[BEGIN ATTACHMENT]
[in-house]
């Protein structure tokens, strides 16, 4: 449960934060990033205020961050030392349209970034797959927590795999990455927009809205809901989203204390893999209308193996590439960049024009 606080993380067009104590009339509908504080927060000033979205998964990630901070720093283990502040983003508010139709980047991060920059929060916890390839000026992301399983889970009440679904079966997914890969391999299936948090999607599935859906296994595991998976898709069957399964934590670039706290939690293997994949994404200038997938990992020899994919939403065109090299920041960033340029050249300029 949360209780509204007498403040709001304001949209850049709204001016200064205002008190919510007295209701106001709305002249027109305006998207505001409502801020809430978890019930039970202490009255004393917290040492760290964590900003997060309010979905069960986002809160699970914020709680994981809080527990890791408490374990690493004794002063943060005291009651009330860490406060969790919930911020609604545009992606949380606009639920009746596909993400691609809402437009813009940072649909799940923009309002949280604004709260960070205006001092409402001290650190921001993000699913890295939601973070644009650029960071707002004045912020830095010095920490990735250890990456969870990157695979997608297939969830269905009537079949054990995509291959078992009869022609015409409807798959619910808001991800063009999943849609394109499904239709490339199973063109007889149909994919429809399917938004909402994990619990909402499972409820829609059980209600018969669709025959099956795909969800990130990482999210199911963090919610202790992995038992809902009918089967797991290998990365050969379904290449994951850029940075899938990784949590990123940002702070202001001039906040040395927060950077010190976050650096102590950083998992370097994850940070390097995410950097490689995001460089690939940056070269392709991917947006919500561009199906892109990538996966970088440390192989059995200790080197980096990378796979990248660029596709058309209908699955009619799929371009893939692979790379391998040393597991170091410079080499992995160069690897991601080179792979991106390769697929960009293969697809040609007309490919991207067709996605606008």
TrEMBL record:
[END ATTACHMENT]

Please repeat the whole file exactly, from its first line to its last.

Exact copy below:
[in-house]
């Protein structure tokens, strides 16, 4: 449960934060990033205020961050030392349209970034797959927590795999990455927009809205809901989203204390893999209308193996590439960049024009 606080993380067009104590009339509908504080927060000033979205998964990630901070720093283990502040983003508010139709980047991060920059929060916890390839000026992301399983889970009440679904079966997914890969391999299936948090999607599935859906296994595991998976898709069957399964934590670039706290939690293997994949994404200038997938990992020899994919939403065109090299920041960033340029050249300029 949360209780509204007498403040709001304001949209850049709204001016200064205002008190919510007295209701106001709305002249027109305006998207505001409502801020809430978890019930039970202490009255004393917290040492760290964590900003997060309010979905069960986002809160699970914020709680994981809080527990890791408490374990690493004794002063943060005291009651009330860490406060969790919930911020609604545009992606949380606009639920009746596909993400691609809402437009813009940072649909799940923009309002949280604004709260960070205006001092409402001290650190921001993000699913890295939601973070644009650029960071707002004045912020830095010095920490990735250890990456969870990157695979997608297939969830269905009537079949054990995509291959078992009869022609015409409807798959619910808001991800063009999943849609394109499904239709490339199973063109007889149909994919429809399917938004909402994990619990909402499972409820829609059980209600018969669709025959099956795909969800990130990482999210199911963090919610202790992995038992809902009918089967797991290998990365050969379904290449994951850029940075899938990784949590990123940002702070202001001039906040040395927060950077010190976050650096102590950083998992370097994850940070390097995410950097490689995001460089690939940056070269392709991917947006919500561009199906892109990538996966970088440390192989059995200790080197980096990378796979990248660029596709058309209908699955009619799929371009893939692979790379391998040393597991170091410079080499992995160069690897991601080179792979991106390769697929960009293969697809040609007309490919991207067709996605606008």
TrEMBL record: